Quote Originally Posted by lancer View Post
This is one for USMC armor buffs. The question is in several parts:
What tank company was used at Tarawa?
What tank was it equipped with and what mark of the tank?
How many tanks were in the company, counting the HQ section?
What were the names of the tanks in the HQ section?
By platoon, what were the names of the tanks in each?
Have at it. Shouldn't be hard for a Tarawa addict. -- Al
Ok, time for the answers to the final 2 questions, the names of the tanks:
HQ section;
Company Commander Lt. Bale's tank was named CECILIA. Executive Officer Lt. Kent's tank was named COMMANDO.
!st Platoon, Lt. Sheedy;
Platoon Leader's tank is named CHICAGO, followed by CHINA GAL, COUNT, and CHERRY.
2nd Platoon, Lt. Sloat;
Platoon Leader's tank is named COBRA, followed by CLIPPER, CUDDLES, and CONGA.
3rd Platoon, Lt. Largey;
Platoon Leader's tank is named CANNONBALL, followed by CONDOR, CHARLIE, and COLORADO.
Each tank was named with a name beginning with the Company designator, "C". Names were painted onto the sides of the tank, in yellow, just outboard of the driver's and assistant driver's positions. The tanks had assigned tactical numbers but these were not marked on the tanks at Tarawa, nor were the numbers used as radio call signs. The tank names were used as radio call signs. The tank names were picked by the crews, with no particular importance other than requiring the name start with the letter "C". The 1st Corps Medium Tank Battalion had as it's emblem an Elephant, stenciled onto the outside of the tank, in either white or yellow (most likely yellow). The Elephant had one front foot raised as it fired a cannonball from it's trunk, and had a red blanket draped over it's back.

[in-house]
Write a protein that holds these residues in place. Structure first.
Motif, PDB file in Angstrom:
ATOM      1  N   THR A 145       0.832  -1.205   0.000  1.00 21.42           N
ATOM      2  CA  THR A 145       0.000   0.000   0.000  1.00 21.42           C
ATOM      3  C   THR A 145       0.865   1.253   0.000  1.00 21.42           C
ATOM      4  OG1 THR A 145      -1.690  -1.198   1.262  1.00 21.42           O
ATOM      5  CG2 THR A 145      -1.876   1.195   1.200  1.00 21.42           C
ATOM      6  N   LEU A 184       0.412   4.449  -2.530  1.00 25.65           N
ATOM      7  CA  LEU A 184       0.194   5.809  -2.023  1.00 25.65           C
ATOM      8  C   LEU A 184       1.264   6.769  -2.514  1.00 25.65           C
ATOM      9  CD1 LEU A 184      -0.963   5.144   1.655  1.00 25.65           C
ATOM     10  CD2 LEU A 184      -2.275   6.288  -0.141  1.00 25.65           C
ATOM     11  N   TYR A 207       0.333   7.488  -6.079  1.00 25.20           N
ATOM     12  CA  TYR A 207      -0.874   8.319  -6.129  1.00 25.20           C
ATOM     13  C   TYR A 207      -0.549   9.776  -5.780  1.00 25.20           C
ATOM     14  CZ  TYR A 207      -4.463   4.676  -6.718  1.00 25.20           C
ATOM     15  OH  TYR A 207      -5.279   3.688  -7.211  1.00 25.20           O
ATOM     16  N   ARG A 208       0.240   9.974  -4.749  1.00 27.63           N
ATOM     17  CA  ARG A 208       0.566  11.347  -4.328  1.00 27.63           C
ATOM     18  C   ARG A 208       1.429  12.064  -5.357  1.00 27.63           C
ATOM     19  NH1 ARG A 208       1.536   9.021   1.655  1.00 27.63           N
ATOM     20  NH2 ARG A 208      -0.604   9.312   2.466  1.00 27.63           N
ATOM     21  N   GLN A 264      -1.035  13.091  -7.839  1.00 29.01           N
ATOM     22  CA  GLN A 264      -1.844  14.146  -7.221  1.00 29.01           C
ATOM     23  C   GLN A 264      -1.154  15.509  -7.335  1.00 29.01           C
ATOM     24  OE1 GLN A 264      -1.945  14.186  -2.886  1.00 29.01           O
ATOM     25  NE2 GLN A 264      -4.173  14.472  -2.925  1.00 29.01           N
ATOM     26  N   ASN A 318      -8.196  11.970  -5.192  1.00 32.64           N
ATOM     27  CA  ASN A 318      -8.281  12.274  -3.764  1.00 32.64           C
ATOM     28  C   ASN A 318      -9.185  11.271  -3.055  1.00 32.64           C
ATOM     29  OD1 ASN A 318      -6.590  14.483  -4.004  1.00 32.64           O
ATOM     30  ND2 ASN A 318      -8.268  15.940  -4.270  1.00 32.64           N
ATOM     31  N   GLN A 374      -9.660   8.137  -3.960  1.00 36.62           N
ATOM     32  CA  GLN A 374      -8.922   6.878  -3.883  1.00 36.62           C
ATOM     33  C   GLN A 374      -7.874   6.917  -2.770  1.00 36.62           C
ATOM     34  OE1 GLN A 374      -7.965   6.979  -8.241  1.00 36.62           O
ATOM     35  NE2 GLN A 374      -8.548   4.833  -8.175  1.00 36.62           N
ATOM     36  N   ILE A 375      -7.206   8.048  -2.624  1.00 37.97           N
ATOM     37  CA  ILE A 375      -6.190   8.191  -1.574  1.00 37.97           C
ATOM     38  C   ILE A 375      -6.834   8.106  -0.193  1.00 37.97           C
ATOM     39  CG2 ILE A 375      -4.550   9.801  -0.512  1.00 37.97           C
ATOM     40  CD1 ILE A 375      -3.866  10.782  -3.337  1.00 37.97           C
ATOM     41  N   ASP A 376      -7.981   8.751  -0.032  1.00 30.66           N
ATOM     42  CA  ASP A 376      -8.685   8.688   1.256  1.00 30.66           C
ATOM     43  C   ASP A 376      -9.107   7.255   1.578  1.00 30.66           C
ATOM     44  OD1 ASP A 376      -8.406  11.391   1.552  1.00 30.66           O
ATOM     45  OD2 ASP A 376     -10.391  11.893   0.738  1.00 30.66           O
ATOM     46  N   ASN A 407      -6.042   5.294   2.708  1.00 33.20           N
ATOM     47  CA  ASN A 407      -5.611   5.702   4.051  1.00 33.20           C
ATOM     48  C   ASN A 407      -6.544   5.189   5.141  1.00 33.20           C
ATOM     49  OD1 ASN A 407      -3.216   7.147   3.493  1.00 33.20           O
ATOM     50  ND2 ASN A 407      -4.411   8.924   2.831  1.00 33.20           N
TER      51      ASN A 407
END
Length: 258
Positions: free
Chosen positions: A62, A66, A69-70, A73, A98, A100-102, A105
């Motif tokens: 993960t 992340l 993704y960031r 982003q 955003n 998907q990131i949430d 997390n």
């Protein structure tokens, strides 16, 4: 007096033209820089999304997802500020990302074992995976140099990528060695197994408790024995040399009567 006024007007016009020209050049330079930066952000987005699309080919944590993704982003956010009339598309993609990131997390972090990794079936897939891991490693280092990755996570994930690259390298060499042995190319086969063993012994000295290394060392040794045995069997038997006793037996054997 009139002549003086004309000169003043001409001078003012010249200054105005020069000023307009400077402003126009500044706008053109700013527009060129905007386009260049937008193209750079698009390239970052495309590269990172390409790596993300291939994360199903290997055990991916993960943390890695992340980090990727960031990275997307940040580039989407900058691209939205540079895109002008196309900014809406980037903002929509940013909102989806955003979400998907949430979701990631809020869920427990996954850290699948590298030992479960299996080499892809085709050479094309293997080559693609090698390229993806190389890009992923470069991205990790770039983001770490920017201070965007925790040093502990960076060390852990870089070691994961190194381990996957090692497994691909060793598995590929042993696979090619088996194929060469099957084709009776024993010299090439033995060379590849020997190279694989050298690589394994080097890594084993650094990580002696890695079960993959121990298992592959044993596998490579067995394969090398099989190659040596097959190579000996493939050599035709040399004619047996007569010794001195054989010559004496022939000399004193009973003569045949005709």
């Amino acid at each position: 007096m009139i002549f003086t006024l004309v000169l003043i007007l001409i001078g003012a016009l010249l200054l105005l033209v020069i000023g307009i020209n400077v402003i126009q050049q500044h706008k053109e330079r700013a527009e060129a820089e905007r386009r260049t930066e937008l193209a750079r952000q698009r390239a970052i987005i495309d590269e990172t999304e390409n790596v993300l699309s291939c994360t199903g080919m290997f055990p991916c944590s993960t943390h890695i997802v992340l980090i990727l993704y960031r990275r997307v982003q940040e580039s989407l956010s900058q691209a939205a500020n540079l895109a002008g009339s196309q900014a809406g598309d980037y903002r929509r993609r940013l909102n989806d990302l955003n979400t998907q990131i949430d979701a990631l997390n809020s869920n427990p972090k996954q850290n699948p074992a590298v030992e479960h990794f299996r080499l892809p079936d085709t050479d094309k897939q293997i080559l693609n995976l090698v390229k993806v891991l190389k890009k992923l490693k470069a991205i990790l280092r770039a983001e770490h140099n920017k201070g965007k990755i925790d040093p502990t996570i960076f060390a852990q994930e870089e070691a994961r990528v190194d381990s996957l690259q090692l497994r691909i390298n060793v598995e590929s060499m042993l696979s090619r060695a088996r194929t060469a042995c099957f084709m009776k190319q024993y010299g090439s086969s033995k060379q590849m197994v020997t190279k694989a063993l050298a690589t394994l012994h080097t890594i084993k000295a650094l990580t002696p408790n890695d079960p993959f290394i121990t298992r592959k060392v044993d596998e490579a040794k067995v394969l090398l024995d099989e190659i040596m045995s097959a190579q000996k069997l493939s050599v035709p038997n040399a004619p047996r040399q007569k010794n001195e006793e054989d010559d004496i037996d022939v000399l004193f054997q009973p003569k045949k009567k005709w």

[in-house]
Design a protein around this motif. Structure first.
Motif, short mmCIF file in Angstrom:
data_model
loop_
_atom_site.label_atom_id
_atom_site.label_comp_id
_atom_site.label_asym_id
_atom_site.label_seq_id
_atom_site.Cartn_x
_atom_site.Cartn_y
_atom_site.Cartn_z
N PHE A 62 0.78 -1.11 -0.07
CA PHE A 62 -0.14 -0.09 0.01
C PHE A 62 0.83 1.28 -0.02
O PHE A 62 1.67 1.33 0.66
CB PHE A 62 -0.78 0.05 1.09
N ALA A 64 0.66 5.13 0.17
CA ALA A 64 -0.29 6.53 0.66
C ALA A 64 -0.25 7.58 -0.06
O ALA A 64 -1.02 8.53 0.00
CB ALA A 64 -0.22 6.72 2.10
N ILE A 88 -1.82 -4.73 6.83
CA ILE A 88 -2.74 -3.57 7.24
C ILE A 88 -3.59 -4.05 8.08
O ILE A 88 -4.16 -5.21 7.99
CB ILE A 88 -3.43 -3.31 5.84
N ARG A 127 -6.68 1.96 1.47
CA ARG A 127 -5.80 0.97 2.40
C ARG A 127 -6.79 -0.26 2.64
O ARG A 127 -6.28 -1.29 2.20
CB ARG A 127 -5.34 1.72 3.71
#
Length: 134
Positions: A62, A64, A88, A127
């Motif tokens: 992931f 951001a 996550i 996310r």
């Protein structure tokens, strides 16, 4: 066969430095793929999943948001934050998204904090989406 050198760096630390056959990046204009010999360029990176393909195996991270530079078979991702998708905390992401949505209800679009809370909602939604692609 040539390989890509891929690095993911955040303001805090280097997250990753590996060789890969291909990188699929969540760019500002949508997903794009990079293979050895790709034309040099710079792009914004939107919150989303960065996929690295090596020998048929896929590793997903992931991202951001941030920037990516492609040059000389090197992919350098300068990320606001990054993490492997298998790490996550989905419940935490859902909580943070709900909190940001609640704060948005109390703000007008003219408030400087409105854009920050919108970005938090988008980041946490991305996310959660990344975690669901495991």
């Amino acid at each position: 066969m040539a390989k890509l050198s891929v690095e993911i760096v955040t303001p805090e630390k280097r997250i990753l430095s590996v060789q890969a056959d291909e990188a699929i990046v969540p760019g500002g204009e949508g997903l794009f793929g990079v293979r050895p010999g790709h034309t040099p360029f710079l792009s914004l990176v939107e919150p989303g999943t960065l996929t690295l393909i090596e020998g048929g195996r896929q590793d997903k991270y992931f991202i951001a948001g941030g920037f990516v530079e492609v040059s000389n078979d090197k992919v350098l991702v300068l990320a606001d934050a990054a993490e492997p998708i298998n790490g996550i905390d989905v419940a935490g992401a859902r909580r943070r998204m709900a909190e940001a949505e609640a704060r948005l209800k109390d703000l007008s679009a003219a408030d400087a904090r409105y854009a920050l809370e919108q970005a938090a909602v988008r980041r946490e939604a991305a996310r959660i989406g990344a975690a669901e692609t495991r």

The M4A2 tanks were provided to the USMC from US Army stocks in Olive drab and carried Army War Production Board code (WPB) numbers painted in low-visibility light blue and the white stars in standard positions. The tanks were given a thin coat of new paint prior to operations, covering the WPB codes and the stars, though some bleed-through is evident in later photos. There is no definitive answer as to whether the tanks went into action in standard olive-drab or maybe having been repainted in Marine-green.
Again, I encourage anyone with interest in USMC armor at Tarawa to acquire the book "Tanks in Hell" by Oscar Gilbert and Romain Cansiere. It is superb. It is well written and incredibly detailed, includes the individual actions of the tanks, fates of the tanks, and it includes a roster of "C" Company, with their serial numbers and fates.
-- Al